"You went to the Opera?" said Hallward, speaking very slowly, and with a strained touch of pain in his voice. "You went to the Opera while Sibyl Vane was lying dead in some sordid lodging? You can talk to me of other women being charming, and of Patti singing divinely, before the girl you loved has even the quiet of a grave to sleep in? Why, man, there are horrors in store for that little white body of hers!"

"Stop, Basil! I won't hear it!" cried Dorian, leaping to his feet. "You must not tell me about things. What is done is done. What is past is past."

"You call yesterday the past?"

"What has the actual lapse of time got to do with it? It is only shallow people who require years to get rid of an emotion. A man who is master of himself can end a sorrow as easily as he can invent a pleasure. I don't want to be at the mercy of my emotions. I want to use them, to enjoy them, and to dominate them."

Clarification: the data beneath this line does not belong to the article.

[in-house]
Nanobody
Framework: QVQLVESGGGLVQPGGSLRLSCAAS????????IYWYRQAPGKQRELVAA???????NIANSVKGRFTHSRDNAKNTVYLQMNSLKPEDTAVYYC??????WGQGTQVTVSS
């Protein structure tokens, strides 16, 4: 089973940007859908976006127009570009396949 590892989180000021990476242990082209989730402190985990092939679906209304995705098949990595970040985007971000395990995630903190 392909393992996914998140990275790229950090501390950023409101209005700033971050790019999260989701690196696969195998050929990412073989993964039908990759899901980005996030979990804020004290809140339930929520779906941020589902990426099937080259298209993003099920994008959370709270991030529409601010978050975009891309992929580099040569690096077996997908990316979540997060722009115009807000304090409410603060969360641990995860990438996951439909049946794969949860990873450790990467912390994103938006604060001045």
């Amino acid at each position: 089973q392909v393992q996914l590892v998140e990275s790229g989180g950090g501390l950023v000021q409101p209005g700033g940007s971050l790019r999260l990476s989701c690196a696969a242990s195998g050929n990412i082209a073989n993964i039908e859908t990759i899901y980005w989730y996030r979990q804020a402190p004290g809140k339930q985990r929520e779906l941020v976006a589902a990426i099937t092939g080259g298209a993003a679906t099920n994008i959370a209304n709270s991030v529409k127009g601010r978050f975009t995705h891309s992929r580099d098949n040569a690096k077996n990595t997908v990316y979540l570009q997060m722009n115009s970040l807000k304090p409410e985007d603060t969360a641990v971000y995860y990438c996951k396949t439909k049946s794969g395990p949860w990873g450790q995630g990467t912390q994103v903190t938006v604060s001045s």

"Dorian, this is horrible! Something has changed you completely. You look exactly the same wonderful boy who used to come down to my studio, day after day, to sit for his picture. But you were simple, natural, and affectionate then. You were the most unspoiled creature in the whole world. Now, I don't know what has come over you. You talk as if you had no heart, no pity in you. It is all Harry's influence. I see that."

The lad flushed up, and, going to the window, looked out on the green, flickering garden for a few moments. "I owe a great deal to Harry, Basil," he said, at last,--"more than I owe to you. You only taught me to be vain."

"Well, I am punished for that, Dorian,--or shall be some day."

"I don't know what you mean, Basil," he exclaimed, turning round. "I don't know what you want. What do you want?"

"I want the Dorian Gray I used to know."

"Basil," said the lad, going over to him, and putting his hand on his shoulder, "you have come too late. Yesterday when I heard that Sibyl Vane had killed herself--"